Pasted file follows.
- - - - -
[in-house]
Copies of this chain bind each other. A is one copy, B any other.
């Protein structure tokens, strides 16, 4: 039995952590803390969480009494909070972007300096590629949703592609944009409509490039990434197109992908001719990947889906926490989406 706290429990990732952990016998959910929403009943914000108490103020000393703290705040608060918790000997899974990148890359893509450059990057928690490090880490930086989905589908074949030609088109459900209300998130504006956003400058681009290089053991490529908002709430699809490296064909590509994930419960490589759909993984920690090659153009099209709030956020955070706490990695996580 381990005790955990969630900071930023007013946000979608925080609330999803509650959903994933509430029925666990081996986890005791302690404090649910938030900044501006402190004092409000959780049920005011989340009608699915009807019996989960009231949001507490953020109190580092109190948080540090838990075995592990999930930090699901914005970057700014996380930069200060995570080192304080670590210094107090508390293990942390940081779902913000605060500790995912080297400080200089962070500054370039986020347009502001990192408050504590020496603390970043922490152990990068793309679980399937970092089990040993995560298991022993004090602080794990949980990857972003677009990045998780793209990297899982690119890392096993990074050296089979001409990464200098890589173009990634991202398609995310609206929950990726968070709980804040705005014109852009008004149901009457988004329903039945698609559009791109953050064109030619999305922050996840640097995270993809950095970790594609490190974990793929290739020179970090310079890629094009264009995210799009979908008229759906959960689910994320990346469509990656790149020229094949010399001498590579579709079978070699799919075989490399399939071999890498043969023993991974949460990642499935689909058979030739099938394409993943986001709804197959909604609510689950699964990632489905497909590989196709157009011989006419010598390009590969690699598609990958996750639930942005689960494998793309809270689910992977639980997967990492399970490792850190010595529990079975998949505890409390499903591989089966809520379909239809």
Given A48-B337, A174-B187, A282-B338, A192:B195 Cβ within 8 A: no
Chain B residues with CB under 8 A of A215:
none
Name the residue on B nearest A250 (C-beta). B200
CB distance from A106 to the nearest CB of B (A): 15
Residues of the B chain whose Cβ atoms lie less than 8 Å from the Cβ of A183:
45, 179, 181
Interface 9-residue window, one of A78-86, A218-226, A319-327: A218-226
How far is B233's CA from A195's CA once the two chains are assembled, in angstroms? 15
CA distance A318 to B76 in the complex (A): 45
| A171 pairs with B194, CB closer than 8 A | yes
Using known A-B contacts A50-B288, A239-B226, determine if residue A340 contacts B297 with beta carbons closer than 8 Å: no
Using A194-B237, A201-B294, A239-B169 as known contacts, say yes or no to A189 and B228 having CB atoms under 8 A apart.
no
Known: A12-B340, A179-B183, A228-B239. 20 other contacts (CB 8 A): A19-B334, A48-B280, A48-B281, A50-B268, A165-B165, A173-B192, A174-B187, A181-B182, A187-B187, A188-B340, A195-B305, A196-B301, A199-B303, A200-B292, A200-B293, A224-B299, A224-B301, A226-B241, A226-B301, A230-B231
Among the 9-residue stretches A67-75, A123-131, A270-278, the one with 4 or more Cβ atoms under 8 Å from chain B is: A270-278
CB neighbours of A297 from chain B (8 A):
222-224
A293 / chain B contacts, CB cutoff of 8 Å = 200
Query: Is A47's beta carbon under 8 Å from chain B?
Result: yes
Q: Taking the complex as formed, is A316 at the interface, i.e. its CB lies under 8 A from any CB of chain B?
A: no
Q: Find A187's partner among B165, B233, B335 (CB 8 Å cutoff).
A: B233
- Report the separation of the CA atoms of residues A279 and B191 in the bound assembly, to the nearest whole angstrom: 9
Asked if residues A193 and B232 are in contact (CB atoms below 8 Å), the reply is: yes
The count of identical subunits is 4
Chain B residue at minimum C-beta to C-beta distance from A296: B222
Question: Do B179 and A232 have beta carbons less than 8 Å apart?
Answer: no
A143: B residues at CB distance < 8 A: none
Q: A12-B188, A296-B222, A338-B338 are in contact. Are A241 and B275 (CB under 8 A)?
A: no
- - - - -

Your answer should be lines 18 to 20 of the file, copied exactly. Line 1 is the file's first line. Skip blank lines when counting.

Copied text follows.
Known: A12-B340, A179-B183, A228-B239. 20 other contacts (CB 8 A): A19-B334, A48-B280, A48-B281, A50-B268, A165-B165, A173-B192, A174-B187, A181-B182, A187-B187, A188-B340, A195-B305, A196-B301, A199-B303, A200-B292, A200-B293, A224-B299, A224-B301, A226-B241, A226-B301, A230-B231
Among the 9-residue stretches A67-75, A123-131, A270-278, the one with 4 or more Cβ atoms under 8 Å from chain B is: A270-278
CB neighbours of A297 from chain B (8 A):